|Theme||Visible||Selectable||Appearance||Zoom Range (now: 0)|
Summary Recent studies have indicated that huff ‘n’ puff (HNP) gas injection has the potential to recover an additional 30 to 70% oil from multifractured horizontal wells in shale reservoirs. Nonetheless, this technique is very sensitive to production constraints and is impacted by uncertainty related to measurement quality (particularly frequency and resolution) and lack of constraining data. In this paper, a Bayesian workflow is provided to optimize the HNP process under uncertainty using a Duvernay shale well as an example. Compositional simulations are conducted that incorporate a tuned pressure/volume/temperature (PVT) model and a set of measured cyclic injection/compaction pressure‐sensitive permeability data. Markov‐Chain Monte Carlo (MCMC) is used to estimate the posterior distributions of the model uncertain variables by matching the primary production data. The MCMC process is accelerated by using an accurate proxy model (kriging) that is updated using a highly adaptive sampling algorithm. Gaussian processes are then used to optimize the HNP control variables by maximizing the lower confidence interval (μ‐σ) of cumulative oil production (after 10 years) across a fixed ensemble of uncertain variables sampled from posterior distributions. The uncertain variable space includes several parameters representing reservoir and fracture properties. The posterior distributions for some parameters, such as primary fracture permeability and effective half‐length, are narrower, whereas wider distributions are obtained for other parameters. The results indicate that the impact of uncertain variables on HNP performance is nonlinear. Some uncertain variables (such as molecular diffusion) that do not show strong sensitivity during the primary production strongly impact gas injection HNP performance. The results of optimization under uncertainty confirm that the lower confidence interval of cumulative oil production can be maximized by an injection time of approximately 1.5 months, a production time of approximately 2.5 months, and very short soaking times. In addition, a maximum injection rate and a flowing bottomhole pressure around the bubblepoint are required to ensure maximum incremental recovery. Analysis of the objective function surface highlights some other sets of production constraints with competitive results. Finally, the optimal set of production constraints, in combination with an ensemble of uncertain variables, results in a median HNP cumulative oil production that is 30% greater than that for primary production. The application of a Bayesian framework for optimizing the HNP performance in a real shale reservoir is introduced for the first time. This work provides practical guidelines for the efficient application of advanced techniques for optimization under uncertainty, resulting in better decision making.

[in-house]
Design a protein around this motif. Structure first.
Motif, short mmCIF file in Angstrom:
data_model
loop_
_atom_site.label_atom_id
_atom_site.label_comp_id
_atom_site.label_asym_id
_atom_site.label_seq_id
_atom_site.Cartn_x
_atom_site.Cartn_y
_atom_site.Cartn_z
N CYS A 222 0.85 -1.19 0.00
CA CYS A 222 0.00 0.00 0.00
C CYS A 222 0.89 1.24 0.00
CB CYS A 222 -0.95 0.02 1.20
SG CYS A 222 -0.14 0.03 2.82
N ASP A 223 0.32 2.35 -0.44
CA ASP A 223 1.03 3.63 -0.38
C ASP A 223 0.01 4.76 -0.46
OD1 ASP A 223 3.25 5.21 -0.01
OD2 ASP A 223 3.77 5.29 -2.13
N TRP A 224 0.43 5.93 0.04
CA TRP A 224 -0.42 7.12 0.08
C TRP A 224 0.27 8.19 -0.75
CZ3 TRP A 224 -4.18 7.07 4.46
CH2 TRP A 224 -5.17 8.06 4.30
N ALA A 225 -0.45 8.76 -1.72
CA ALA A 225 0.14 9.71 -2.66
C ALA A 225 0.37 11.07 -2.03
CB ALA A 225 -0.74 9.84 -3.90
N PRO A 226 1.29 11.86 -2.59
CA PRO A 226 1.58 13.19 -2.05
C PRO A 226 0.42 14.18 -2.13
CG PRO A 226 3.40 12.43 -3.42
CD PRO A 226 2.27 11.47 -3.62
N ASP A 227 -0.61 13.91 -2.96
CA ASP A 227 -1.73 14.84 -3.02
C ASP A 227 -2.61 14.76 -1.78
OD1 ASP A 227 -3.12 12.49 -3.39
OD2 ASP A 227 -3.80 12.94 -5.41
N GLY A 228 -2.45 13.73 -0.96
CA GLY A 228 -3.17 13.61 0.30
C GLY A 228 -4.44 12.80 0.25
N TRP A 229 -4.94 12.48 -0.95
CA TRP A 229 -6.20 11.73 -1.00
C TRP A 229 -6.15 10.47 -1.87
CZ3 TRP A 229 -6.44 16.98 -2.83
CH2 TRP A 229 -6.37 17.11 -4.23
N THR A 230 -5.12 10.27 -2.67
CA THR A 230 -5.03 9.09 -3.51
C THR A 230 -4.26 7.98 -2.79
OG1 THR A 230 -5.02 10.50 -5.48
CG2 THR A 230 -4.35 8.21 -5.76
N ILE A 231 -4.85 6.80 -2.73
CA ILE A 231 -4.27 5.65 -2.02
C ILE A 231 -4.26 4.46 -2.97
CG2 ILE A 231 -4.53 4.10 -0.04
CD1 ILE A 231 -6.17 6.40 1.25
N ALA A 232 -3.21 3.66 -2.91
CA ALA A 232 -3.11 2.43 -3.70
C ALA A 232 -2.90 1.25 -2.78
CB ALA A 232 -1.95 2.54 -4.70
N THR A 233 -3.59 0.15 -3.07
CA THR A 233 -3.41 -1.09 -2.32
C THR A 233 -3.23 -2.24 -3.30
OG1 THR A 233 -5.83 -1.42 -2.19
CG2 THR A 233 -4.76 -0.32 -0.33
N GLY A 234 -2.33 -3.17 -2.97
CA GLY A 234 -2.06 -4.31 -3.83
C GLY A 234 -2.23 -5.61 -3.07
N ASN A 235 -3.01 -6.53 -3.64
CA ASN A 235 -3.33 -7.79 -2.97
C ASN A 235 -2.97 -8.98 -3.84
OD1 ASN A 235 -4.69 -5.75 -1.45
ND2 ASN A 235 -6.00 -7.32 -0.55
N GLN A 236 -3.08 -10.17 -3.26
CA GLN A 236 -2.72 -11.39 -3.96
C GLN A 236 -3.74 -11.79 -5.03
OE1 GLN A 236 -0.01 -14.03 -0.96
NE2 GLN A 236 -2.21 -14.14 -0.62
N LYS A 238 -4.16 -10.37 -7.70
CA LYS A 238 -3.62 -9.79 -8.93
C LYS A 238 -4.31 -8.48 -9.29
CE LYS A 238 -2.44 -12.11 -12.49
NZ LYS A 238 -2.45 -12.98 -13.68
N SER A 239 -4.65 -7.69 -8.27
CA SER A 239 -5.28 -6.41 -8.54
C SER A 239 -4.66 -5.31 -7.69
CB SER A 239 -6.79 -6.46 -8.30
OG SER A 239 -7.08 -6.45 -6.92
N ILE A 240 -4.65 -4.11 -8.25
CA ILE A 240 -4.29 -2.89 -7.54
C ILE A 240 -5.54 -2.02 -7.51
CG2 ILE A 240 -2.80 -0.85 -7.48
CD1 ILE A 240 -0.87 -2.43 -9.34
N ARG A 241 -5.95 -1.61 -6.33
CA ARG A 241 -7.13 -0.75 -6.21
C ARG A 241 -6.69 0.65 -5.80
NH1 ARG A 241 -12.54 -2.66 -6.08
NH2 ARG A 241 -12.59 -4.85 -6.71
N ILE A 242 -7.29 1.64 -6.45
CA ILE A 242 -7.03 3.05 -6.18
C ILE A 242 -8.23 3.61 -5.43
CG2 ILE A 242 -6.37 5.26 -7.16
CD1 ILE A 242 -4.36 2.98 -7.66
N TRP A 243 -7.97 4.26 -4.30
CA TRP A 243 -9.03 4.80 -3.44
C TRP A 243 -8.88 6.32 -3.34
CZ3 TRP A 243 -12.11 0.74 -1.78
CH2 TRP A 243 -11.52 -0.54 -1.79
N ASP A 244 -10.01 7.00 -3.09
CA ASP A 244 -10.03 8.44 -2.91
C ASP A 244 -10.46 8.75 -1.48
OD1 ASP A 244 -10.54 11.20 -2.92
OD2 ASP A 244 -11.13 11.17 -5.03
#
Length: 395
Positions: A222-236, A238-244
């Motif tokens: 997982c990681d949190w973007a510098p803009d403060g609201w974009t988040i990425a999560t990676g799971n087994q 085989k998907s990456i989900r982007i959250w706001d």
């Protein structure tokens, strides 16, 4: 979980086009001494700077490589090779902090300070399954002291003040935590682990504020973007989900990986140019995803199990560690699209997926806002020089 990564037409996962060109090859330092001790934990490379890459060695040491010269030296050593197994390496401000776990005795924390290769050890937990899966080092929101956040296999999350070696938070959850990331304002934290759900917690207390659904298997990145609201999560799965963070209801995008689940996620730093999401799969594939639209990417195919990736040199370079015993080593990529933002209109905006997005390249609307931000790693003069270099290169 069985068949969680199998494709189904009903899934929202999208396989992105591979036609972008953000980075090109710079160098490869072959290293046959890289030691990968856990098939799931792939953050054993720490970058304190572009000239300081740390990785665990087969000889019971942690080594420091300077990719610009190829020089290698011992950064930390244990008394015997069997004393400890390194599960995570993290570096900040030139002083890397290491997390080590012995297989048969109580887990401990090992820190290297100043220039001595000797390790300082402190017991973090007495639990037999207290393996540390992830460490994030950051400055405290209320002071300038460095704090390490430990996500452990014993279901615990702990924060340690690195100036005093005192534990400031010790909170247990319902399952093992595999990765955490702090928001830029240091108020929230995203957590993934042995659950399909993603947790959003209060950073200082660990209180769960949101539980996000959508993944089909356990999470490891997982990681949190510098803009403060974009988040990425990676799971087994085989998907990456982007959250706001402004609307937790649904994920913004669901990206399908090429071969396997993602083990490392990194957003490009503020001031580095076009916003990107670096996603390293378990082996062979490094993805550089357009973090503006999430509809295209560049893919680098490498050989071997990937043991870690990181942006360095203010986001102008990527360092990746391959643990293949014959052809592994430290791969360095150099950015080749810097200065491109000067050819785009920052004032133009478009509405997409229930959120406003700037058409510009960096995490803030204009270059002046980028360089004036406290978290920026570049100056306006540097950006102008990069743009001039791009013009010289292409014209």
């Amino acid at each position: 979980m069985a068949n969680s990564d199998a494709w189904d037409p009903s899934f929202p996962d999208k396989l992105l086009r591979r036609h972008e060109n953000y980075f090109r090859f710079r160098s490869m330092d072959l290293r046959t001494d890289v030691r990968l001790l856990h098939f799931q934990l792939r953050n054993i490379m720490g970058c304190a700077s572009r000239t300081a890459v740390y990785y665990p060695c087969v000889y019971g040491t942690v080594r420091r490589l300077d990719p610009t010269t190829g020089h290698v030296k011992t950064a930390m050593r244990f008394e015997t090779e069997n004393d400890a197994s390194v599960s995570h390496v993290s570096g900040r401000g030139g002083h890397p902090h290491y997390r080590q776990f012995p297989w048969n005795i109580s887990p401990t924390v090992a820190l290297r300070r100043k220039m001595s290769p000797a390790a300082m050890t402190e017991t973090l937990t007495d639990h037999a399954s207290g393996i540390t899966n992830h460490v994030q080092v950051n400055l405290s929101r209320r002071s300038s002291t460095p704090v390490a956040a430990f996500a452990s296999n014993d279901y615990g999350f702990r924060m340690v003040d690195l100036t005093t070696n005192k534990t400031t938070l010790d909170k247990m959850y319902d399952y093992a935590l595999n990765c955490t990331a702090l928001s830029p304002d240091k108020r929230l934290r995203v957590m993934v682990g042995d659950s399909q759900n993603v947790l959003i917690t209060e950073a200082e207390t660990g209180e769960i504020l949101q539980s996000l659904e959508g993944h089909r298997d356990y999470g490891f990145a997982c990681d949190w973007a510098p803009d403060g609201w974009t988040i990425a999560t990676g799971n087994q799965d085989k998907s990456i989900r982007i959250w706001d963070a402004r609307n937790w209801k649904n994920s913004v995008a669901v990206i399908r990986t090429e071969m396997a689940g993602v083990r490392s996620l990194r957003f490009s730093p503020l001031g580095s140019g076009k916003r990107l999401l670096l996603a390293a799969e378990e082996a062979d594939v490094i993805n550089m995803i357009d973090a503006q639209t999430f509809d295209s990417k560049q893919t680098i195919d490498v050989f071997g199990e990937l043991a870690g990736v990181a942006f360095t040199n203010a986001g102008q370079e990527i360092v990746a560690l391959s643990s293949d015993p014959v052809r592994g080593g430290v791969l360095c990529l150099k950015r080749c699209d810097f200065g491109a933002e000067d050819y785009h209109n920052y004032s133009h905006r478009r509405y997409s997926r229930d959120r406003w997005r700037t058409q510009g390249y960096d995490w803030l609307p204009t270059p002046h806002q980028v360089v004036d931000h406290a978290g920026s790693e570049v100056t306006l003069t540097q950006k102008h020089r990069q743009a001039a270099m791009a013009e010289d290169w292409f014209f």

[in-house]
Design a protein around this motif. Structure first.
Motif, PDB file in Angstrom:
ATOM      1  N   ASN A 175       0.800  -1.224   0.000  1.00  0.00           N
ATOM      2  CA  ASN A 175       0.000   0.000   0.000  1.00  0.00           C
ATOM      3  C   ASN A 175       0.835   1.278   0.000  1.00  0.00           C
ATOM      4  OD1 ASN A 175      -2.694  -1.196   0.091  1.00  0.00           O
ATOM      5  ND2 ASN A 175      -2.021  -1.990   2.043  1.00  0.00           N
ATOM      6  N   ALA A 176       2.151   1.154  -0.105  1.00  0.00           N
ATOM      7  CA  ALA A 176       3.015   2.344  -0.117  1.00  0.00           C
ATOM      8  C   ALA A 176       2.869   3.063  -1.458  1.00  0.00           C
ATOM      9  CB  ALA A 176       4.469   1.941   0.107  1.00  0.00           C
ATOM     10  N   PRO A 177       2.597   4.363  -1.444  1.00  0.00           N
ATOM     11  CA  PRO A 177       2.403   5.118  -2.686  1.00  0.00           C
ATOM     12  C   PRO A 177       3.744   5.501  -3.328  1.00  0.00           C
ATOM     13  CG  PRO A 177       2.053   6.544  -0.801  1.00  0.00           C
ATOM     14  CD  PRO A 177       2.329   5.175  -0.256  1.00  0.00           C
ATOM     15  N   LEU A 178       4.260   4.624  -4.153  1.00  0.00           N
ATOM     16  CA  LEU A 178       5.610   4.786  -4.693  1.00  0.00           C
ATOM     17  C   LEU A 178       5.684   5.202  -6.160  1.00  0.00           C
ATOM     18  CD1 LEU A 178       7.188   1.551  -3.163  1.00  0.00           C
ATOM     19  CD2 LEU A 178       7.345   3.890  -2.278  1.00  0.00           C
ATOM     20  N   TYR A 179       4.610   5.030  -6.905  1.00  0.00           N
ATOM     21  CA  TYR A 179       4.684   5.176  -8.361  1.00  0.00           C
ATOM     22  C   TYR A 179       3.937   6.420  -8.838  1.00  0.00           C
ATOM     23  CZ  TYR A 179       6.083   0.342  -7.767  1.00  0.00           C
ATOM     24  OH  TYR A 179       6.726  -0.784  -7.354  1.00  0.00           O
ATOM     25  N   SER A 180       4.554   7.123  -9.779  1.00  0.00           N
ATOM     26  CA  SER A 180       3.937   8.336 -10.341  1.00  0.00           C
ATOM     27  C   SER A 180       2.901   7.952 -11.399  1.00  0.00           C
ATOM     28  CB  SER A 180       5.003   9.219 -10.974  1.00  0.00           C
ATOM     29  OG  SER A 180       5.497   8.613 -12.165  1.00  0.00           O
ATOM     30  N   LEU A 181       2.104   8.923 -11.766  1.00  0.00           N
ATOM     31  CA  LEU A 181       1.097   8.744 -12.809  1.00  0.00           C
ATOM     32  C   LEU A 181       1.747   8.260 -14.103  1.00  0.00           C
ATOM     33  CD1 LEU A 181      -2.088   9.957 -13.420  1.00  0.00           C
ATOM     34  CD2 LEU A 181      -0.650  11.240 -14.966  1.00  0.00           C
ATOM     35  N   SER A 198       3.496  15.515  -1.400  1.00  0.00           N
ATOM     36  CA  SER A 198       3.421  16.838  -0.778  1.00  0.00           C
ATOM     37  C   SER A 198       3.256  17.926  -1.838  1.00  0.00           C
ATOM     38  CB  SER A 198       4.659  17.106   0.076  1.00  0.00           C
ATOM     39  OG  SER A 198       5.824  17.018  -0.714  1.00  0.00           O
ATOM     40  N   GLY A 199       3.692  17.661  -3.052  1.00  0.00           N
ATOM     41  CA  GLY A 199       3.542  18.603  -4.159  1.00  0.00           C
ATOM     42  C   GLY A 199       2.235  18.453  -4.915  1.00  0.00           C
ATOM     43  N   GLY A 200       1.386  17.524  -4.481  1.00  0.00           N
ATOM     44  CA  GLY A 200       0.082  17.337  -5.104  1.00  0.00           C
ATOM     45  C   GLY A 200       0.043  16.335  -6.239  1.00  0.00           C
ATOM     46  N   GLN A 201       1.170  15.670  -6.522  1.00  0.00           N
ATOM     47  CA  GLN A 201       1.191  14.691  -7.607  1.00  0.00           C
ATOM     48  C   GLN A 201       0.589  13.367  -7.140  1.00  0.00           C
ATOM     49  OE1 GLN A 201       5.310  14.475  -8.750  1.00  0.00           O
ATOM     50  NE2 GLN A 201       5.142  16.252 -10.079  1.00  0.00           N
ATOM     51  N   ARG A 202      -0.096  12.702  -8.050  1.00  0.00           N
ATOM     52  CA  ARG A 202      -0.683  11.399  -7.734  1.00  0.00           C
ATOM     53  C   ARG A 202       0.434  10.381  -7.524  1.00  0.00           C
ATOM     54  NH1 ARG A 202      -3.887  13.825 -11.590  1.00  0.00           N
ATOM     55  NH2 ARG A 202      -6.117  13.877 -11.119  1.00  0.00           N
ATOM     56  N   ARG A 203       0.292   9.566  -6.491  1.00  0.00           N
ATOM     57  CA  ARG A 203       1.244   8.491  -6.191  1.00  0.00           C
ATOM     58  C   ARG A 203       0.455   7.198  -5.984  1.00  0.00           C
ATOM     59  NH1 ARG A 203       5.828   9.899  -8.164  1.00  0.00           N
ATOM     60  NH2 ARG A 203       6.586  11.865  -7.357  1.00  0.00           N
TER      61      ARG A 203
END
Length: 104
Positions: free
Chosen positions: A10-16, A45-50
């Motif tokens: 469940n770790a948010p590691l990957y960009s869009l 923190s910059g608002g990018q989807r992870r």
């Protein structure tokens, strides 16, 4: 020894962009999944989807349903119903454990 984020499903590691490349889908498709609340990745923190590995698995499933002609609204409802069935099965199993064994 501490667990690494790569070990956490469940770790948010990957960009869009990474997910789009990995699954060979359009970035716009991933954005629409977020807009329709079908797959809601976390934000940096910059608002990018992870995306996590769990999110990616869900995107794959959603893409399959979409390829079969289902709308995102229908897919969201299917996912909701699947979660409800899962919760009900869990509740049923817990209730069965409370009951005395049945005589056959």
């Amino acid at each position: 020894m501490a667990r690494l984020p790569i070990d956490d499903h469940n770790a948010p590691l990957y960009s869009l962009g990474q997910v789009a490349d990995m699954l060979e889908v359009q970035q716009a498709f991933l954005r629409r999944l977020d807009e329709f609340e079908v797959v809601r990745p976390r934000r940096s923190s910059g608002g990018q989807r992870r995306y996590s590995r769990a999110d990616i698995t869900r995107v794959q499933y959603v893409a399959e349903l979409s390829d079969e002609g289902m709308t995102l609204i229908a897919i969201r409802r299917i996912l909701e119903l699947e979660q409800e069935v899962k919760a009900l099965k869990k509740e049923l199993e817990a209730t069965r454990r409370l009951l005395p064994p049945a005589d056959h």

Olusola, Bukola Korede (Schulich School of Engineering, University of Calgary) | Orozco, Daniel (Schulich School of Engineering, University of Calgary) | Aguilera, Roberto (Schulich School of Engineering, University of Calgary)
Recent improved and enhanced oil recovery (IOR and EOR) methods in shale reservoirs use huff and puff gas injection (H&P). Investigating the technical and economic impact of this technology for one well is challenging and time consuming. Even more so when the petroleum company is planning H&P and refracturing (RF) jobs in multiple wells. Thus, in this paper we present an original methodology to learn how to perform these tasks faster and at lower cost to improve oil recovery.
The procedure is explained with the use of an actual H&P gas injection pilot horizontal well in the Eagle Ford shale whose performance is matched using the methodology developed in this paper. The methodology includes use of an original Climbing Swarm (CS) derivative-free algorithm that drives, without human intervention, computer or laptop material balance (MatBal) and net present value (NPV) calculations. The code was written in Python. Following history match, the methodology demonstrates that significant improvements in oil recovery can be obtained by injecting gas at larger rates during shorter periods of time (as opposed to injecting gas at smaller rates during longer periods of time).